THE Irish Government is investigating after more than 100 sheep died on a flight from Ireland to Singapore over the weekend.
The livestock deaths were first early Sunday morning, September 11, when 121 out of 1,700 sheep were found dead on the plane when it arrived at Changi Airport Cargo Terminal.
Ireland's Department of Agriculture, Food and the Marine (DAFM) confirmed today that it was investigating the incident, which is believed to be heat-related.
"We have contacted the authorities in Singapore in relation to the parallel investigation that has commenced at their end," a DAFM spokesperson said.
"Initial indications are that the animals may have succumbed to heat stress as a result of a problem that arose during a scheduled refuelling stop en route.”
The sheep were being transported to Singapore for yesterday's Eid al-Adha festival of Hari Raya Haji, in which a korban - or sacrifice - is performed.
Korban is performed in the first three days of the Eid al-Adha, the Festival of Sacrifice, where traditionally the animals sacrificed are goats, sheep, cows, buffalo or camel.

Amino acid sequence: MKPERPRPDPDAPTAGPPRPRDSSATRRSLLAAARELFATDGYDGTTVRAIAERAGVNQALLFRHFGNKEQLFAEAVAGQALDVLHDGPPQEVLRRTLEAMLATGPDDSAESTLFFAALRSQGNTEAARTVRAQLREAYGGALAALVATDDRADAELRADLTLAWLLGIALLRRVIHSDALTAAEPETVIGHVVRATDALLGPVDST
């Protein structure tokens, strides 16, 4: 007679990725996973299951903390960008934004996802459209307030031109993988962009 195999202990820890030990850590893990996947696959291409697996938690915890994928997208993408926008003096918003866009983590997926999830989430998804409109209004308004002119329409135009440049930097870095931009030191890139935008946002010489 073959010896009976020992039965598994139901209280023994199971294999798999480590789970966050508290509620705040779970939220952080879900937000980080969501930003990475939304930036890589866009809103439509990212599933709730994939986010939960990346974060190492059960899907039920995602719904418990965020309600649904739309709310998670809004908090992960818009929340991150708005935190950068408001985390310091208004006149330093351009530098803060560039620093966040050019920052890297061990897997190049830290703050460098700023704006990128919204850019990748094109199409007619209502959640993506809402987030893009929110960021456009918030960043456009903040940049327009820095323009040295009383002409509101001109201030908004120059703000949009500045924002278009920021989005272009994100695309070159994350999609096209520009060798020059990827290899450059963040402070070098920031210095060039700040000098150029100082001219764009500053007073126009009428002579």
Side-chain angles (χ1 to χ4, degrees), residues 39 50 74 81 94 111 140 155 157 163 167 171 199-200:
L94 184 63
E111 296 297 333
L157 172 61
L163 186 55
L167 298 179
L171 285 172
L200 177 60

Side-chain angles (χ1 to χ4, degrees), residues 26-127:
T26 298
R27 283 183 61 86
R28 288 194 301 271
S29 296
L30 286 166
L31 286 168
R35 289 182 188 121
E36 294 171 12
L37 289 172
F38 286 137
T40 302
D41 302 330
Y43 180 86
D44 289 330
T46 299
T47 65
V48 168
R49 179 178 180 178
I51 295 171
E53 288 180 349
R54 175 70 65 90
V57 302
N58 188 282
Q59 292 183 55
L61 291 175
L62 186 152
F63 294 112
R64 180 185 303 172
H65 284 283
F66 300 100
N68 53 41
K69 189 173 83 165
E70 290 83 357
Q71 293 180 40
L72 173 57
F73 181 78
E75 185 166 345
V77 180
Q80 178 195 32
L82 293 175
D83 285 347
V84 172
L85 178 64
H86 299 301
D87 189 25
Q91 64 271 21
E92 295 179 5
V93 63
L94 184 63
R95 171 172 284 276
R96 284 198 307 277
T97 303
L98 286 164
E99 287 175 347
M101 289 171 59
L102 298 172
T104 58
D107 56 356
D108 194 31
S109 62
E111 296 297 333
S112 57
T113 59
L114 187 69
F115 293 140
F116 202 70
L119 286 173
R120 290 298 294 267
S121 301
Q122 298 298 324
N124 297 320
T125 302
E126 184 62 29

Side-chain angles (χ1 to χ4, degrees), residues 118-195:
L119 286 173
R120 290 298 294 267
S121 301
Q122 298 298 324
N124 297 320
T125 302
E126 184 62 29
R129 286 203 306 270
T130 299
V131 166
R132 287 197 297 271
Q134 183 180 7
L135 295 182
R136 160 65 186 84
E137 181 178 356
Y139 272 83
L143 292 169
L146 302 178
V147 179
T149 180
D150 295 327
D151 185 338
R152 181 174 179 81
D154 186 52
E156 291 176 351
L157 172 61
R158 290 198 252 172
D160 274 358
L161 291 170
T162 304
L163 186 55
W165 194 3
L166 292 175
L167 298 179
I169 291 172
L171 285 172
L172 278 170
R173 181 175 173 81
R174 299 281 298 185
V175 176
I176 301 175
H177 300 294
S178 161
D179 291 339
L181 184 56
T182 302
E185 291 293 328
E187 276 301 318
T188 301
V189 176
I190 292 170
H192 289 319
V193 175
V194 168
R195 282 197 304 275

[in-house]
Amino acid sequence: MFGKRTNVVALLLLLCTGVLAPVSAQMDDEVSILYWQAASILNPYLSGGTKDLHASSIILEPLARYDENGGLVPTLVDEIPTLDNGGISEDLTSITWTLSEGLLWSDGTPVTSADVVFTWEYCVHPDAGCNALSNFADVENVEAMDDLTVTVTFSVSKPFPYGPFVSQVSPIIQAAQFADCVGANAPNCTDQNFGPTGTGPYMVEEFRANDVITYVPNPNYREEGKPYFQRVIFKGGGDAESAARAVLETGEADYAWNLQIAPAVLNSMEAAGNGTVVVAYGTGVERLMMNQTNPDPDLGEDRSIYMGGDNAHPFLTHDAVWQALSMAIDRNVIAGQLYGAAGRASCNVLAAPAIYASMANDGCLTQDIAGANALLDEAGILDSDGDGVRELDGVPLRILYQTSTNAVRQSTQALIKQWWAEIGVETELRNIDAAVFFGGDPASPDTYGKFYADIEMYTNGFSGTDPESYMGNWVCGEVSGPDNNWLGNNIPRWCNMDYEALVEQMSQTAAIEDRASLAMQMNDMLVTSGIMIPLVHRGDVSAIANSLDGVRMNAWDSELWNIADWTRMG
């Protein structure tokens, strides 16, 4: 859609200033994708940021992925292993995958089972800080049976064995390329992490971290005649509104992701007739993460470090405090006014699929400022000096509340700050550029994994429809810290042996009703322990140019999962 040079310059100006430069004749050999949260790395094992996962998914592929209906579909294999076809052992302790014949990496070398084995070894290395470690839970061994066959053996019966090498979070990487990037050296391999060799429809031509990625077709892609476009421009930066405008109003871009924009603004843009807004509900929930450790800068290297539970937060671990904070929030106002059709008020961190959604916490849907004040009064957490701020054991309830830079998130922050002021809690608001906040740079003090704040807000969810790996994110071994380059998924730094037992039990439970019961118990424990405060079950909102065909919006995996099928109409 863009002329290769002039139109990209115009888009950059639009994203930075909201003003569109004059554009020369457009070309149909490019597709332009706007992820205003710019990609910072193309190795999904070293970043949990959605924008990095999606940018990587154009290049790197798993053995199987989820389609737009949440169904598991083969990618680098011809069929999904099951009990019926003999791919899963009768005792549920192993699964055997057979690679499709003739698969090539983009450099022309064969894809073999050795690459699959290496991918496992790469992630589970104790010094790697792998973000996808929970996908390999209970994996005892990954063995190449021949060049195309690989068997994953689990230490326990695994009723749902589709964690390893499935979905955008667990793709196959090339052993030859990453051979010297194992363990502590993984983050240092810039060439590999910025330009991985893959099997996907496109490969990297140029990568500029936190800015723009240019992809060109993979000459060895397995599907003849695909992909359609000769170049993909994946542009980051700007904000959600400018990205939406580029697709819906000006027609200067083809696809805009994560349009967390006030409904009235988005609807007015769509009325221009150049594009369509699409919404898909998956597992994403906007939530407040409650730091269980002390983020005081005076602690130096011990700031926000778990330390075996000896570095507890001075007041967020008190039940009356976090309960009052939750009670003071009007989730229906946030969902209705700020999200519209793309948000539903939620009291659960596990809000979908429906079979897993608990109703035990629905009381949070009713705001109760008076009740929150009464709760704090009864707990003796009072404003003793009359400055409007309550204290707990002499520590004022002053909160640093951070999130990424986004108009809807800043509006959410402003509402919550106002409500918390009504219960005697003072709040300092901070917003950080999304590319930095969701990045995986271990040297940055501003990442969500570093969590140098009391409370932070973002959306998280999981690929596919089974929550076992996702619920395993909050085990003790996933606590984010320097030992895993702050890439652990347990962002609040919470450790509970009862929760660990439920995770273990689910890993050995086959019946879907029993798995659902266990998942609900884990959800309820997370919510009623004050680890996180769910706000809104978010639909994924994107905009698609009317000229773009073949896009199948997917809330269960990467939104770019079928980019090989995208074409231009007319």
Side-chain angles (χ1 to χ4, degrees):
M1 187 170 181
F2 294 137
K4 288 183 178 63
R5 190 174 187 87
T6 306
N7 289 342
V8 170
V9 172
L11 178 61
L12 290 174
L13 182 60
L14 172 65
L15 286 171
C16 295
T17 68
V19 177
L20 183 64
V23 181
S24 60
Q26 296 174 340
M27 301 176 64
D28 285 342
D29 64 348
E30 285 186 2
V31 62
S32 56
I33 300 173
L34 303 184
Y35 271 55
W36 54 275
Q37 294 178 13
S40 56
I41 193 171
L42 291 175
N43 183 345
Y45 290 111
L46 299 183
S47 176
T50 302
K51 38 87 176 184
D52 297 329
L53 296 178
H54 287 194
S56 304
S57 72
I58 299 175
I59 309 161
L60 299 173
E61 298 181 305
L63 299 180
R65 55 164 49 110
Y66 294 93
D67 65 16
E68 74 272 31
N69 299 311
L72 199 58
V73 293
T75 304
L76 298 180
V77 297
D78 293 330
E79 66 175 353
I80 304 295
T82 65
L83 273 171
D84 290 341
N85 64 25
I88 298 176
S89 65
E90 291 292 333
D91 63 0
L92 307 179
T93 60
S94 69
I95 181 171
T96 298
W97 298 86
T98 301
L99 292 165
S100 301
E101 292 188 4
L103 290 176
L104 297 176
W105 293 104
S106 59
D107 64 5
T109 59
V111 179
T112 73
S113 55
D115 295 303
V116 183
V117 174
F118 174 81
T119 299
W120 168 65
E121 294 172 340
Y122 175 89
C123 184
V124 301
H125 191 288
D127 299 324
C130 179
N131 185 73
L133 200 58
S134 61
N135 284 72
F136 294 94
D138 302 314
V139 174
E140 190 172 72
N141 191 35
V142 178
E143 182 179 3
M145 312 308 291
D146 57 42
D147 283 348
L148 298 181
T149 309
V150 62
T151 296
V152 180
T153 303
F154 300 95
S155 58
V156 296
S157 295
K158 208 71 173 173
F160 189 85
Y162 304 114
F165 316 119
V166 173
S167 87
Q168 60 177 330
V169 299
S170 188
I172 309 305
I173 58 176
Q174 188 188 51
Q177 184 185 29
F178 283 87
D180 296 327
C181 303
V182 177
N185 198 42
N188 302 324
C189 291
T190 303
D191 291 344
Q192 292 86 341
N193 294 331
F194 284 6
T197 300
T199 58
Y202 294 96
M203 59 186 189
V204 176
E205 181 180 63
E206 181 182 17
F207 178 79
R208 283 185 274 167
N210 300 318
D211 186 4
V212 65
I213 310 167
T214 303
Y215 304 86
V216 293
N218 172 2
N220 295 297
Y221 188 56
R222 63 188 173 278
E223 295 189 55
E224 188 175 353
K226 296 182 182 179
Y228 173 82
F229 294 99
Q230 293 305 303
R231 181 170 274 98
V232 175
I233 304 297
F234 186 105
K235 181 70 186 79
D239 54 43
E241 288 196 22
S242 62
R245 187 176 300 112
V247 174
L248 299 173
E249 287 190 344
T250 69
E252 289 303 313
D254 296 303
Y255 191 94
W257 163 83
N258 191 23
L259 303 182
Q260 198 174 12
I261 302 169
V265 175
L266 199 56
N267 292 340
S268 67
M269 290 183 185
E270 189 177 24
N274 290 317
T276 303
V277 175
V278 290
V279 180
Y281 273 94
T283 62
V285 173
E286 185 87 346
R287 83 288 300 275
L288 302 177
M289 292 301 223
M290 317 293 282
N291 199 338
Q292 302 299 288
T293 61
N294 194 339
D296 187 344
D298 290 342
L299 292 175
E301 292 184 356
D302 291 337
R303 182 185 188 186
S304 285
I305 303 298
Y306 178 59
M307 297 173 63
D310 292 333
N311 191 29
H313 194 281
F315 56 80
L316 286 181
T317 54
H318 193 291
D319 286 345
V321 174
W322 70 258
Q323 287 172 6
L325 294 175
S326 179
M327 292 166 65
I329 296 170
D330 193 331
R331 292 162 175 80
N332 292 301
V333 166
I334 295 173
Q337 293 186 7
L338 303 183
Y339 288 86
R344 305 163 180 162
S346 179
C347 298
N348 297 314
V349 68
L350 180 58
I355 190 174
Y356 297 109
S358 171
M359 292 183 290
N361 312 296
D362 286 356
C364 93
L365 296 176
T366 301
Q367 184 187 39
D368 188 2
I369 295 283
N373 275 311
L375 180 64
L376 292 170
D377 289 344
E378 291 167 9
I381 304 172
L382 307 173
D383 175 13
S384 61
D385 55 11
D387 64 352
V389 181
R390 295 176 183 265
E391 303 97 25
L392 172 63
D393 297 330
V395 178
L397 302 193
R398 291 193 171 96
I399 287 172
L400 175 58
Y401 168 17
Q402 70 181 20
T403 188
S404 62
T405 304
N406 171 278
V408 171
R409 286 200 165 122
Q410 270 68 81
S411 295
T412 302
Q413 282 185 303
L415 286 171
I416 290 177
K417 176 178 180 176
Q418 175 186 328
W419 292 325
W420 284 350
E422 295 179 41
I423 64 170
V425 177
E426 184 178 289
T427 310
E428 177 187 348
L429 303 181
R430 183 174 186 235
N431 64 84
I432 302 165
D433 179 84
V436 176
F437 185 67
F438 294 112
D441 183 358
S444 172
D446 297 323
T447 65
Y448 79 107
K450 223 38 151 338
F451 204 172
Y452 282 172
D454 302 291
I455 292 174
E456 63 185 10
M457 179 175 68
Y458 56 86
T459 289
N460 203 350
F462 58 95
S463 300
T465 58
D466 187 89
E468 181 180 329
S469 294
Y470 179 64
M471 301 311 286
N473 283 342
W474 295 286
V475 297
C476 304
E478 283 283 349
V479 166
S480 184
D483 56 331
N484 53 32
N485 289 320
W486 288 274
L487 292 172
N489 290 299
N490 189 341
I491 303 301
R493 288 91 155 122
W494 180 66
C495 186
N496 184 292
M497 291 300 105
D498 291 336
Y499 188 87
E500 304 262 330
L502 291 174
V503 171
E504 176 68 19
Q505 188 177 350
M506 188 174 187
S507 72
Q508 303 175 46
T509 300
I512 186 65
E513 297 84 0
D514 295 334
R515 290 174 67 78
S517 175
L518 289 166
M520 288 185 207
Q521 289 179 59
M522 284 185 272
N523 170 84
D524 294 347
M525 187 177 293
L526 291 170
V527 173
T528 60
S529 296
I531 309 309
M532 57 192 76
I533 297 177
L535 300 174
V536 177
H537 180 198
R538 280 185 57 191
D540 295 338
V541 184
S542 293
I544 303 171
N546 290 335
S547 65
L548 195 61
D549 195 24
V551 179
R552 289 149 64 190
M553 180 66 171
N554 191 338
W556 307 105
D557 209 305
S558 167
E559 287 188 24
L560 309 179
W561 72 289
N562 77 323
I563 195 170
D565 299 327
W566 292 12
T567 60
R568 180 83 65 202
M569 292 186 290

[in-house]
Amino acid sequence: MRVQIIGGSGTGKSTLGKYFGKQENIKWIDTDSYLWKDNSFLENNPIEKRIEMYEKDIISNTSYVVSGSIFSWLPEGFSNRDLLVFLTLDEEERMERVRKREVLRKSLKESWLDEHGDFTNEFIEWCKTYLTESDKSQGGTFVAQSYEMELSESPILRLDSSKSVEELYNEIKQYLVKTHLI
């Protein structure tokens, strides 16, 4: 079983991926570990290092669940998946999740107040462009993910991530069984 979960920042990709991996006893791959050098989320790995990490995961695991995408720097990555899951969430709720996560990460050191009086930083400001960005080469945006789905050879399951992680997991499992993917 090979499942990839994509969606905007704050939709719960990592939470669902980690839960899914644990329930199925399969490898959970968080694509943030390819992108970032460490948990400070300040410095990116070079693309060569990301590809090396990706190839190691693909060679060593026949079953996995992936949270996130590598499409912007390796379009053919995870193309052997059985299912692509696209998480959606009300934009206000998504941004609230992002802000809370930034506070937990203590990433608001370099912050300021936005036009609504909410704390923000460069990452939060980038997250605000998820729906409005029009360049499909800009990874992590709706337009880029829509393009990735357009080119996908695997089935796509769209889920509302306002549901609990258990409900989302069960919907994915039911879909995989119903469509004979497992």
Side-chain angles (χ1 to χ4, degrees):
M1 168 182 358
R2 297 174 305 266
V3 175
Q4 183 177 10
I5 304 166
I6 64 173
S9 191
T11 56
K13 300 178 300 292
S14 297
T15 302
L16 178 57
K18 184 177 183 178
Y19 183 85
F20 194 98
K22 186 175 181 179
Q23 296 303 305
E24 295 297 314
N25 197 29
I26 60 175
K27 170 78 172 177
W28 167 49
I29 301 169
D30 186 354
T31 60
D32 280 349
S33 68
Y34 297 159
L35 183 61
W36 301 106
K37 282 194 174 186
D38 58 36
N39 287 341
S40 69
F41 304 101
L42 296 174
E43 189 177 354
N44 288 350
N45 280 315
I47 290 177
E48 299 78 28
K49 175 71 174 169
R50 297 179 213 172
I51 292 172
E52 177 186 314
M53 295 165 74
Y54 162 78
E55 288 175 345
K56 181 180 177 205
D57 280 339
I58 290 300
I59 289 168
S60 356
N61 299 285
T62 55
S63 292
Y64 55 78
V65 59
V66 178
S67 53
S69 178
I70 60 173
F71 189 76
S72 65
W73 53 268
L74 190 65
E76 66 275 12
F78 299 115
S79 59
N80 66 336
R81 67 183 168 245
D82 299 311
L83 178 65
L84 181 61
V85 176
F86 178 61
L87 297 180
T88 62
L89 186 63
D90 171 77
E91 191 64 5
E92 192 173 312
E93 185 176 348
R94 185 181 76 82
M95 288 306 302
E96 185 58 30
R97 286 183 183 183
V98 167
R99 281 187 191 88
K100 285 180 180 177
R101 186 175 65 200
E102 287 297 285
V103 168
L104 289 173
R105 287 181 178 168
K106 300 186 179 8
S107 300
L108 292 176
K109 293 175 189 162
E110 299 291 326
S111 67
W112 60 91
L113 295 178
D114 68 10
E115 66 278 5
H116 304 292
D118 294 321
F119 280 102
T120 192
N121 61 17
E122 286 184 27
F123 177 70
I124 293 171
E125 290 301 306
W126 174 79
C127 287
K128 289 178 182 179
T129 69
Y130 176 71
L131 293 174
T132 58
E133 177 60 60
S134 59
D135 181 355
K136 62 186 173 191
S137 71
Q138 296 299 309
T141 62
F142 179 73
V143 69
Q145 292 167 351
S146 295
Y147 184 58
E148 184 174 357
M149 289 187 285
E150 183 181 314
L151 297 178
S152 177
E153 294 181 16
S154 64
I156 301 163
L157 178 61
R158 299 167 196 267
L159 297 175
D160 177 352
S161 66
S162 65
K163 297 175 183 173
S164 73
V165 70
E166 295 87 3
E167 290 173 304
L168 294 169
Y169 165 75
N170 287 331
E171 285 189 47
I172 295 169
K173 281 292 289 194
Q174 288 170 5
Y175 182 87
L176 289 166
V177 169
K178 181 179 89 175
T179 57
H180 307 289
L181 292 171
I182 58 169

Sheep from Ireland as well as 1,867 sheep from Australia were being imported for the festival.
Upon discovery of the dead sheep agents from Singapore's Agri-Food and Veterinary Authority began an investigation, which found there were indicators of heat stress but no sign of infectious diseases in any of the animals.
The remaining sheep and their meat were ruled fit for consumption.
According to a Singaporean government report, Ireland was chosen as an importer for the sheep because the country "is much closer, resulting in lower costs of freight and logistics."
The same report also said the meat from Irish lambs yield more common meat weight after slaughter.